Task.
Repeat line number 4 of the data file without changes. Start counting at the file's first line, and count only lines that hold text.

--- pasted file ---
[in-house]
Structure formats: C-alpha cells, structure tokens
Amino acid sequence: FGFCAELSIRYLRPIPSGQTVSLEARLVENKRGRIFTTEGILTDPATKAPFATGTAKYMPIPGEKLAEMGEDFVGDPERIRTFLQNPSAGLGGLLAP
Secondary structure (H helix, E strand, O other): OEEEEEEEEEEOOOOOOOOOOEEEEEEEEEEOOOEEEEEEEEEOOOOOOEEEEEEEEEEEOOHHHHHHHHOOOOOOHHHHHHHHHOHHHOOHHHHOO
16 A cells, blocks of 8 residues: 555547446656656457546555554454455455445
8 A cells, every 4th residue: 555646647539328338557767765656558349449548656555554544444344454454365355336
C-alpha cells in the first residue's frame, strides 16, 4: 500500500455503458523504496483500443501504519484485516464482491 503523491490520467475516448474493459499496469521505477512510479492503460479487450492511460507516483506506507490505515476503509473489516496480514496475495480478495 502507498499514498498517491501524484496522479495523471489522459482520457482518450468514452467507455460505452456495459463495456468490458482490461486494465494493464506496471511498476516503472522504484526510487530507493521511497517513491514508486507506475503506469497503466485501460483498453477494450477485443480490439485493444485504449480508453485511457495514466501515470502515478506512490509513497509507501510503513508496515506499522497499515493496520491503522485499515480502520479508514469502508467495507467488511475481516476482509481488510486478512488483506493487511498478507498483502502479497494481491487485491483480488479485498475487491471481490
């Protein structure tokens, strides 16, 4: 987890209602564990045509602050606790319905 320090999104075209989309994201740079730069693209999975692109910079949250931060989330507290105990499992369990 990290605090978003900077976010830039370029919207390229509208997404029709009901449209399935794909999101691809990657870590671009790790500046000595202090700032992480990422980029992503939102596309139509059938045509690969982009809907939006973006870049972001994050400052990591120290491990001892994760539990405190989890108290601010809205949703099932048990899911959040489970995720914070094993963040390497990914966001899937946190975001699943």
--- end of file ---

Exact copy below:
Secondary structure (H helix, E strand, O other): OEEEEEEEEEEOOOOOOOOOOEEEEEEEEEEOOOEEEEEEEEEOOOOOOEEEEEEEEEEEOOHHHHHHHHOOOOOOHHHHHHHHHOHHHOOHHHHOO